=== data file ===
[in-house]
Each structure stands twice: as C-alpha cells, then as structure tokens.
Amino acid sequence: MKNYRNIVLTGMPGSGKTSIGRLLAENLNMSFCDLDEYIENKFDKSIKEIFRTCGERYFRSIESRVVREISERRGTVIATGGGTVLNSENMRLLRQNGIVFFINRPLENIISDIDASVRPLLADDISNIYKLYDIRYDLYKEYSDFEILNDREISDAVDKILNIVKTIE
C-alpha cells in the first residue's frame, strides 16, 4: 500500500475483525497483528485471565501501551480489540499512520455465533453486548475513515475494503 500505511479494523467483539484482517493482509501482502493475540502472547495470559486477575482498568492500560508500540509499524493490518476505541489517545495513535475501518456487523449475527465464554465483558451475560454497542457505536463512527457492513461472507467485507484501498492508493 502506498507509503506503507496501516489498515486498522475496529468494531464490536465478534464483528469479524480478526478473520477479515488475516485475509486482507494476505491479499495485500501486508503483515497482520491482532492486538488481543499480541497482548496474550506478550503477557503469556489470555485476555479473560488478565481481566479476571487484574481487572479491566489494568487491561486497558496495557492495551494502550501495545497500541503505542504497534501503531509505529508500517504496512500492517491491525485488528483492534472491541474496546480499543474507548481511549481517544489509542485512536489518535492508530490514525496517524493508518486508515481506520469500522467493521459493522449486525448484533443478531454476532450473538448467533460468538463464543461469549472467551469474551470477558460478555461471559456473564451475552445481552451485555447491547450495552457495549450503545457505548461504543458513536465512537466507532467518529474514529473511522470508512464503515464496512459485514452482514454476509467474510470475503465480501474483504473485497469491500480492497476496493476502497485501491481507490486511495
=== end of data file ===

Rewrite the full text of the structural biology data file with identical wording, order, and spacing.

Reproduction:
[in-house]
Each structure stands twice: as C-alpha cells, then as structure tokens.
Amino acid sequence: MKNYRNIVLTGMPGSGKTSIGRLLAENLNMSFCDLDEYIENKFDKSIKEIFRTCGERYFRSIESRVVREISERRGTVIATGGGTVLNSENMRLLRQNGIVFFINRPLENIISDIDASVRPLLADDISNIYKLYDIRYDLYKEYSDFEILNDREISDAVDKILNIVKTIE
C-alpha cells in the first residue's frame, strides 16, 4: 500500500475483525497483528485471565501501551480489540499512520455465533453486548475513515475494503 500505511479494523467483539484482517493482509501482502493475540502472547495470559486477575482498568492500560508500540509499524493490518476505541489517545495513535475501518456487523449475527465464554465483558451475560454497542457505536463512527457492513461472507467485507484501498492508493 502506498507509503506503507496501516489498515486498522475496529468494531464490536465478534464483528469479524480478526478473520477479515488475516485475509486482507494476505491479499495485500501486508503483515497482520491482532492486538488481543499480541497482548496474550506478550503477557503469556489470555485476555479473560488478565481481566479476571487484574481487572479491566489494568487491561486497558496495557492495551494502550501495545497500541503505542504497534501503531509505529508500517504496512500492517491491525485488528483492534472491541474496546480499543474507548481511549481517544489509542485512536489518535492508530490514525496517524493508518486508515481506520469500522467493521459493522449486525448484533443478531454476532450473538448467533460468538463464543461469549472467551469474551470477558460478555461471559456473564451475552445481552451485555447491547450495552457495549450503545457505548461504543458513536465512537466507532467518529474514529473511522470508512464503515464496512459485514452482514454476509467474510470475503465480501474483504473485497469491500480492497476496493476502497485501491481507490486511495